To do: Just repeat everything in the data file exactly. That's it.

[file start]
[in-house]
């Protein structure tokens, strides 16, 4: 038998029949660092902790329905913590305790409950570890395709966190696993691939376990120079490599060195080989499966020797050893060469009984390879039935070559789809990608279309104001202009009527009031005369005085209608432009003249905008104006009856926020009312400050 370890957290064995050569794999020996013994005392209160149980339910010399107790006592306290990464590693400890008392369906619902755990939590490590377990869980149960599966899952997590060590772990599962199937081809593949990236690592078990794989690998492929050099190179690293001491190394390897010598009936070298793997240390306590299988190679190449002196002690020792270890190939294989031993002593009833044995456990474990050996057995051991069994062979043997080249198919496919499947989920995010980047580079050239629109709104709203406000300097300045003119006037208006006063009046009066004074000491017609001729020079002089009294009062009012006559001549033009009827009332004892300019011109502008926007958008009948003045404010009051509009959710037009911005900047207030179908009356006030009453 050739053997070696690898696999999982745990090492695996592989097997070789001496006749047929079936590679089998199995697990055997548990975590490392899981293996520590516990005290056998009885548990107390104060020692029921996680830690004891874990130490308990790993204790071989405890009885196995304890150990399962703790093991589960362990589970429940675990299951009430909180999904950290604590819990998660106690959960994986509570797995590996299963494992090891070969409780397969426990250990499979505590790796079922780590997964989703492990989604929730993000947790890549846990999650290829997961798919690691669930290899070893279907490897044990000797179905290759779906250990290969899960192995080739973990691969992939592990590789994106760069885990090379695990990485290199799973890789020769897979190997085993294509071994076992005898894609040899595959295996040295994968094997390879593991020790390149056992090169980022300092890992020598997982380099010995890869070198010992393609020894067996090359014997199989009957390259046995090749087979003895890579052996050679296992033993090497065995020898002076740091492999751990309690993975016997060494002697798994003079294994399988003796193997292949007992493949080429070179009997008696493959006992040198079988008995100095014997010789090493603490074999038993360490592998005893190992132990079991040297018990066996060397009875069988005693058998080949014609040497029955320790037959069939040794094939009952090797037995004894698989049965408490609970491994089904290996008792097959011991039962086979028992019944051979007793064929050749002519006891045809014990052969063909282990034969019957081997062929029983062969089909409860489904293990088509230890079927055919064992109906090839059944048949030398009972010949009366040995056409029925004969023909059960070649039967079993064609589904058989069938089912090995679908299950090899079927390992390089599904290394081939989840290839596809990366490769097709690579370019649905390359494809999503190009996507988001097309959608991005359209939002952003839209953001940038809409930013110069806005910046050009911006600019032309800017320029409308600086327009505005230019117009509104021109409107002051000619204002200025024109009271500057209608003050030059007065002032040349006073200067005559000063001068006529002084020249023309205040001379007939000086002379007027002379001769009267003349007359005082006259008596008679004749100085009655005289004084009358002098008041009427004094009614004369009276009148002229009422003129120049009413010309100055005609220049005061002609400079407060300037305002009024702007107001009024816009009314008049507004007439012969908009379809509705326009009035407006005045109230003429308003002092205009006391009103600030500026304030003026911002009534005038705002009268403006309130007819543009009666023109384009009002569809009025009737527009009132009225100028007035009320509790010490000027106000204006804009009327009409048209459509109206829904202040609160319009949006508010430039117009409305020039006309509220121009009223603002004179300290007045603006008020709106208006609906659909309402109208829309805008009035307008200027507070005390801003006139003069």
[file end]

[in-house]
């Protein structure tokens, strides 16, 4: 038998029949660092902790329905913590305790409950570890395709966190696993691939376990120079490599060195080989499966020797050893060469009984390879039935070559789809990608279309104001202009009527009031005369005085209608432009003249905008104006009856926020009312400050 370890957290064995050569794999020996013994005392209160149980339910010399107790006592306290990464590693400890008392369906619902755990939590490590377990869980149960599966899952997590060590772990599962199937081809593949990236690592078990794989690998492929050099190179690293001491190394390897010598009936070298793997240390306590299988190679190449002196002690020792270890190939294989031993002593009833044995456990474990050996057995051991069994062979043997080249198919496919499947989920995010980047580079050239629109709104709203406000300097300045003119006037208006006063009046009066004074000491017609001729020079002089009294009062009012006559001549033009009827009332004892300019011109502008926007958008009948003045404010009051509009959710037009911005900047207030179908009356006030009453 050739053997070696690898696999999982745990090492695996592989097997070789001496006749047929079936590679089998199995697990055997548990975590490392899981293996520590516990005290056998009885548990107390104060020692029921996680830690004891874990130490308990790993204790071989405890009885196995304890150990399962703790093991589960362990589970429940675990299951009430909180999904950290604590819990998660106690959960994986509570797995590996299963494992090891070969409780397969426990250990499979505590790796079922780590997964989703492990989604929730993000947790890549846990999650290829997961798919690691669930290899070893279907490897044990000797179905290759779906250990290969899960192995080739973990691969992939592990590789994106760069885990090379695990990485290199799973890789020769897979190997085993294509071994076992005898894609040899595959295996040295994968094997390879593991020790390149056992090169980022300092890992020598997982380099010995890869070198010992393609020894067996090359014997199989009957390259046995090749087979003895890579052996050679296992033993090497065995020898002076740091492999751990309690993975016997060494002697798994003079294994399988003796193997292949007992493949080429070179009997008696493959006992040198079988008995100095014997010789090493603490074999038993360490592998005893190992132990079991040297018990066996060397009875069988005693058998080949014609040497029955320790037959069939040794094939009952090797037995004894698989049965408490609970491994089904290996008792097959011991039962086979028992019944051979007793064929050749002519006891045809014990052969063909282990034969019957081997062929029983062969089909409860489904293990088509230890079927055919064992109906090839059944048949030398009972010949009366040995056409029925004969023909059960070649039967079993064609589904058989069938089912090995679908299950090899079927390992390089599904290394081939989840290839596809990366490769097709690579370019649905390359494809999503190009996507988001097309959608991005359209939002952003839209953001940038809409930013110069806005910046050009911006600019032309800017320029409308600086327009505005230019117009509104021109409107002051000619204002200025024109009271500057209608003050030059007065002032040349006073200067005559000063001068006529002084020249023309205040001379007939000086002379007027002379001769009267003349007359005082006259008596008679004749100085009655005289004084009358002098008041009427004094009614004369009276009148002229009422003129120049009413010309100055005609220049005061002609400079407060300037305002009024702007107001009024816009009314008049507004007439012969908009379809509705326009009035407006005045109230003429308003002092205009006391009103600030500026304030003026911002009534005038705002009268403006309130007819543009009666023109384009009002569809009025009737527009009132009225100028007035009320509790010490000027106000204006804009009327009409048209459509109206829904202040609160319009949006508010430039117009409305020039006309509220121009009223603002004179300290007045603006008020709106208006609906659909309402109208829309805008009035307008200027507070005390801003006139003069």